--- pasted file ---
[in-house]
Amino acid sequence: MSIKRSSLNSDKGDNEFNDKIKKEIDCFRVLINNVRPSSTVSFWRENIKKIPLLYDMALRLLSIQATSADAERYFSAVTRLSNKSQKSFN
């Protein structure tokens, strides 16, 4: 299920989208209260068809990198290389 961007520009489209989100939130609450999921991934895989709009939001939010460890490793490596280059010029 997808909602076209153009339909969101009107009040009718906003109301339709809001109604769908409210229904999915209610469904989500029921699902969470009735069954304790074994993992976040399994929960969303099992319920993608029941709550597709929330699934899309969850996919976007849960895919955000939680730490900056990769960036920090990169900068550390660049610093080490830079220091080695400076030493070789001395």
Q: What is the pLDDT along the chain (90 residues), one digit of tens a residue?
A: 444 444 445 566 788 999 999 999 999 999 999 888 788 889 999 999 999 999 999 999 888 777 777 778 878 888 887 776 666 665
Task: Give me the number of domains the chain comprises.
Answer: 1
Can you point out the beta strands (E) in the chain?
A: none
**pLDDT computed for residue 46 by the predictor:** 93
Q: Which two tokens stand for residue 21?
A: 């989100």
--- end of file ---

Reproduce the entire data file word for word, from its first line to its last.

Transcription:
[in-house]
Amino acid sequence: MSIKRSSLNSDKGDNEFNDKIKKEIDCFRVLINNVRPSSTVSFWRENIKKIPLLYDMALRLLSIQATSADAERYFSAVTRLSNKSQKSFN
């Protein structure tokens, strides 16, 4: 299920989208209260068809990198290389 961007520009489209989100939130609450999921991934895989709009939001939010460890490793490596280059010029 997808909602076209153009339909969101009107009040009718906003109301339709809001109604769908409210229904999915209610469904989500029921699902969470009735069954304790074994993992976040399994929960969303099992319920993608029941709550597709929330699934899309969850996919976007849960895919955000939680730490900056990769960036920090990169900068550390660049610093080490830079220091080695400076030493070789001395």
Q: What is the pLDDT along the chain (90 residues), one digit of tens a residue?
A: 444 444 445 566 788 999 999 999 999 999 999 888 788 889 999 999 999 999 999 999 888 777 777 778 878 888 887 776 666 665
Task: Give me the number of domains the chain comprises.
Answer: 1
Can you point out the beta strands (E) in the chain?
A: none
**pLDDT computed for residue 46 by the predictor:** 93
Q: Which two tokens stand for residue 21?
A: 């989100």